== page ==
The business department (BIS) is consulting on the rules governing firms’ reporting of social, corporate and green governance issues. The results will help ministers decide whether to restore a statutory operating and financial review (OFR) for listed firms.1
The government pledged to reintroduce the OFR in its initial coalition agreement. The original OFR came into force in 2005 and required firms to report their impacts but was scrapped later the same year (ENDS Report 371, pp 5-6).
Some but not all the OFR’s requirements were later introduced by the 2006 Companies Act as a “business review” that must appear in company reports. However, business reviews do not need to be audited and the quality of reporting is patchy.
BIS’s consultation, launched in August, is fairly open-ended and makes few firm suggestions. It refers to the government’s “one in, one out” rule on new legislation and says changes are “as likely to be non-regulatory as regulatory and may require further consultation” (ENDS Report 425, p 9).
However, Hannah Ellis, coordinator of the Corporate Responsibility (CORE) Coalition of NGOs, is confident that gains can be made without new legislation. There is plenty of scope to improve existing rules and enforcement, she said.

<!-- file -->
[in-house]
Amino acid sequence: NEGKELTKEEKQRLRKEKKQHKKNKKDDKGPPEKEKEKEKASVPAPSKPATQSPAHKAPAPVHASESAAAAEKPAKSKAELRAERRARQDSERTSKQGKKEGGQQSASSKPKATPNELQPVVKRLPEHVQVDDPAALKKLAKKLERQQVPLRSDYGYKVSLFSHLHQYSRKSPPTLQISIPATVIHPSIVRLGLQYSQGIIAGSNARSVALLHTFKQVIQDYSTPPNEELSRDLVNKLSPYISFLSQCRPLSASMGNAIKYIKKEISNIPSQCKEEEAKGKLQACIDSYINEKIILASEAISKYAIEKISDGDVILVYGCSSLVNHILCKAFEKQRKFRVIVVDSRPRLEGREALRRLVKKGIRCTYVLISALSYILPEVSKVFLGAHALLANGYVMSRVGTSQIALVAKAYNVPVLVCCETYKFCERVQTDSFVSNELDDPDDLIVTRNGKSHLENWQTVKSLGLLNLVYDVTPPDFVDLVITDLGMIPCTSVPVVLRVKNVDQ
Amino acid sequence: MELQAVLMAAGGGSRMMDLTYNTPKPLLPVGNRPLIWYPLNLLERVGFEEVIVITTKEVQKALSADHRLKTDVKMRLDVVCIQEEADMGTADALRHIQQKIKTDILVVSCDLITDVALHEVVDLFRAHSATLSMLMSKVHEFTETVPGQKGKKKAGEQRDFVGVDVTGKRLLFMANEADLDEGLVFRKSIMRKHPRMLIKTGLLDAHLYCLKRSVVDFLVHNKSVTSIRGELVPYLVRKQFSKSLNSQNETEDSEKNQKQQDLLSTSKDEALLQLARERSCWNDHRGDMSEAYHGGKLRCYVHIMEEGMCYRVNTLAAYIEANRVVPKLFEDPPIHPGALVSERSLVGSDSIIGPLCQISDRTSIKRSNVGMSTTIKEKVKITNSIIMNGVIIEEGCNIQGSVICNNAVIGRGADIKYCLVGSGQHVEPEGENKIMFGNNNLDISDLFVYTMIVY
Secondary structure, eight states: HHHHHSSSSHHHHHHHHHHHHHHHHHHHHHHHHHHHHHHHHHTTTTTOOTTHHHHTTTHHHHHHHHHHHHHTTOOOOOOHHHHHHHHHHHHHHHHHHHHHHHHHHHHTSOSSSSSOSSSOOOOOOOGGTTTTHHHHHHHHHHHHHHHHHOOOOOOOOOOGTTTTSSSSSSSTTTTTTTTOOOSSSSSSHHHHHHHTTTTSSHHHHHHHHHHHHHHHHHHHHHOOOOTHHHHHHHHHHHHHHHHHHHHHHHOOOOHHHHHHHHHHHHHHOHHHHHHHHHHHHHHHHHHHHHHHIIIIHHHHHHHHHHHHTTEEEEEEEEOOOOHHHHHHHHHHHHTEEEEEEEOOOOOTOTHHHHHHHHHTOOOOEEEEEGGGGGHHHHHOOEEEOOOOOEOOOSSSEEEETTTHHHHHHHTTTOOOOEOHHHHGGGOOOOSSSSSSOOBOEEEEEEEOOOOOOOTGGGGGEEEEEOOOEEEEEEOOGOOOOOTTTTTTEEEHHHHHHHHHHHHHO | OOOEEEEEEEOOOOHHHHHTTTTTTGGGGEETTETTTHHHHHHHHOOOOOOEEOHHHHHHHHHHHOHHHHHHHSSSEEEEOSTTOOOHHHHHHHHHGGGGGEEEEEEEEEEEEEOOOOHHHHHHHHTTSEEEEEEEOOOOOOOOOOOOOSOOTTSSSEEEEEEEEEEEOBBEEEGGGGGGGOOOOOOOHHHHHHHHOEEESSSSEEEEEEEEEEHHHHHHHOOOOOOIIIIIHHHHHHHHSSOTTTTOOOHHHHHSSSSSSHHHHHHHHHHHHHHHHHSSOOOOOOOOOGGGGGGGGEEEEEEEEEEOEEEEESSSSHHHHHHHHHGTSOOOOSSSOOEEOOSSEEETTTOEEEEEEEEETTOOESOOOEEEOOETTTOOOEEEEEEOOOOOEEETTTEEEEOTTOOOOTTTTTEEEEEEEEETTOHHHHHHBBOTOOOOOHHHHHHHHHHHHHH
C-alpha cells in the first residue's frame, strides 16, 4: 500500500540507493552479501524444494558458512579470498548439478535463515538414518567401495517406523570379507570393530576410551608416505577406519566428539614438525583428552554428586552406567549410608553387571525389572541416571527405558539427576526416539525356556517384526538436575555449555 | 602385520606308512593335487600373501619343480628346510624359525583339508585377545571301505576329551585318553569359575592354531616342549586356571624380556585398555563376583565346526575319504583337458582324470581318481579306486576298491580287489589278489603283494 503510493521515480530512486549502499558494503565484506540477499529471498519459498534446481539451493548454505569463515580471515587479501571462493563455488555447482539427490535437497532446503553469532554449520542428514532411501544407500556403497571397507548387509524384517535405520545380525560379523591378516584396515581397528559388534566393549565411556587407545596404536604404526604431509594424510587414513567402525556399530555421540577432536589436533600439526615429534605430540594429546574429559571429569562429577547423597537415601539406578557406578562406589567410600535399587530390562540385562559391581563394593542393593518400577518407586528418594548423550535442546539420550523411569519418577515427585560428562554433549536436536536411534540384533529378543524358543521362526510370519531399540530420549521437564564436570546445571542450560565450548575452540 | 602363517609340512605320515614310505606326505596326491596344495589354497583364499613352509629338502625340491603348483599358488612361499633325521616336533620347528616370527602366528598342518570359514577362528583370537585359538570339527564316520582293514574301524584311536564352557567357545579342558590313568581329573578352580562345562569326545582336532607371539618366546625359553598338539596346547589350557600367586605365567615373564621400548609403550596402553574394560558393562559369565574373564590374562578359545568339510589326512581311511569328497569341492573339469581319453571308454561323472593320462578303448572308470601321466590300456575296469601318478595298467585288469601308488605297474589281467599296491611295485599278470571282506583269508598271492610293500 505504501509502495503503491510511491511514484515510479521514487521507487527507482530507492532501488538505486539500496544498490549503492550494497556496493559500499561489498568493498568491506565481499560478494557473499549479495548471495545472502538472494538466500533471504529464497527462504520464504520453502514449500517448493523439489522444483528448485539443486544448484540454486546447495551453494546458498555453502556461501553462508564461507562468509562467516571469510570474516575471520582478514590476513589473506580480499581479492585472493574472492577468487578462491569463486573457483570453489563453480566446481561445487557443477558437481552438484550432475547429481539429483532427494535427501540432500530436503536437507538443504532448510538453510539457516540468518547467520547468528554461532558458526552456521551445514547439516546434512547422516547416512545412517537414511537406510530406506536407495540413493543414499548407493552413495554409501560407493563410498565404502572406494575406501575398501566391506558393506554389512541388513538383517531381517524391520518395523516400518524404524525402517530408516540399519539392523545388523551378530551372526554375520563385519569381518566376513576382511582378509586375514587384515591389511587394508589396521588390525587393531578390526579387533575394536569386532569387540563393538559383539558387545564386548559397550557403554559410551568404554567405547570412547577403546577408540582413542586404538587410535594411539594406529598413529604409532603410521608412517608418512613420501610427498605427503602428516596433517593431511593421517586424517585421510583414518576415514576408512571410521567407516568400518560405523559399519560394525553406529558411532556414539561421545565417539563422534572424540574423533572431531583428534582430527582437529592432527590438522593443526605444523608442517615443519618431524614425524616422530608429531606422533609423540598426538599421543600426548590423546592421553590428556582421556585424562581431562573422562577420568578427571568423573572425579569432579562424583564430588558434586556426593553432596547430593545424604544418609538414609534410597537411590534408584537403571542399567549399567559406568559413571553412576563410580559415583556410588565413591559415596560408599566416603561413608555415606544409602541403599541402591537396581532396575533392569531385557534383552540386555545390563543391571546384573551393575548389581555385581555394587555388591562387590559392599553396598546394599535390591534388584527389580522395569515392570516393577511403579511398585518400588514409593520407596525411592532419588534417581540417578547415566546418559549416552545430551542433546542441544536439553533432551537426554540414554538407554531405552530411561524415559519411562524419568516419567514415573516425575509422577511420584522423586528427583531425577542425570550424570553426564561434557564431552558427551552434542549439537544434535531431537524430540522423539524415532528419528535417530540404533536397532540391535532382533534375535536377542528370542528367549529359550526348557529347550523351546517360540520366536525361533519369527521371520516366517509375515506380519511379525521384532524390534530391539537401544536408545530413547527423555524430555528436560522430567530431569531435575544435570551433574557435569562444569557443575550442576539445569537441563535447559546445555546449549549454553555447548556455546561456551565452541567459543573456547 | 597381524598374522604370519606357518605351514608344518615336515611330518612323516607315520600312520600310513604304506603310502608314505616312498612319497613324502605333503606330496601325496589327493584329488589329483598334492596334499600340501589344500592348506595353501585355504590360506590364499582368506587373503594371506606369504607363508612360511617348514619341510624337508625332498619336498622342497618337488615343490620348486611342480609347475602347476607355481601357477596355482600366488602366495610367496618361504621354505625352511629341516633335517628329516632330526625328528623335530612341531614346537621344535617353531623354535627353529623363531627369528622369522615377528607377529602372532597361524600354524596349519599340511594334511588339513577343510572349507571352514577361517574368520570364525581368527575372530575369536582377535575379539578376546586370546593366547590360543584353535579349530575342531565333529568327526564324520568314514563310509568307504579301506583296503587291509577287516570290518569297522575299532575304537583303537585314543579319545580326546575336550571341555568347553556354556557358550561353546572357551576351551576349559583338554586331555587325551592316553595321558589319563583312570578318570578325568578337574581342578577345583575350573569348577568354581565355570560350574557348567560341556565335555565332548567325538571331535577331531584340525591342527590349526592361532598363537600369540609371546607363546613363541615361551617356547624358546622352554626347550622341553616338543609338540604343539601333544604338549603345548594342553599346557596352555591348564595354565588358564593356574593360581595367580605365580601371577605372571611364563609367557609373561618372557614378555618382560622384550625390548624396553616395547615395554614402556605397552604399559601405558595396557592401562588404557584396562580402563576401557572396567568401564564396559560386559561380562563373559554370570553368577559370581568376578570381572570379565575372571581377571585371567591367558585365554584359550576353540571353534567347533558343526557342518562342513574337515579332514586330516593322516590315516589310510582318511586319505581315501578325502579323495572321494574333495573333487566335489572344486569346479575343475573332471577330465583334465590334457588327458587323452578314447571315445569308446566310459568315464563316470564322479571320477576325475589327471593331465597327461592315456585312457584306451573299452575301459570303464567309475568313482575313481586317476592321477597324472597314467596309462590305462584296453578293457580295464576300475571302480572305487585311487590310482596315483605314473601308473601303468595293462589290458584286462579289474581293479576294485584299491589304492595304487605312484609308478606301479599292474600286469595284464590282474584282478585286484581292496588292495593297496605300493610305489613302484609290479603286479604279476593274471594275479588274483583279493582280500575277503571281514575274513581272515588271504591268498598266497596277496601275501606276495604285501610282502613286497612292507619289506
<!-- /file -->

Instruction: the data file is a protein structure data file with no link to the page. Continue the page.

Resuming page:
The consultation’s few direct suggestions include asking shareholders to vote on business reviews, an annual ranking system to encourage better reporting and only summarising key issues in firms’ reports, with the full details published elsewhere.
The results of the consultation will also inform the government’s thinking on carbon emissions reporting.Under the 2008 Climate Change Act, it must report to parliament by 1 December on the contribution corporate emissions reporting plays in meeting the UK’s climate change objectives. It must also introduce mandatory greenhouse gas reporting for listed firms by April 2012 or explain to parliament why it is not doing so.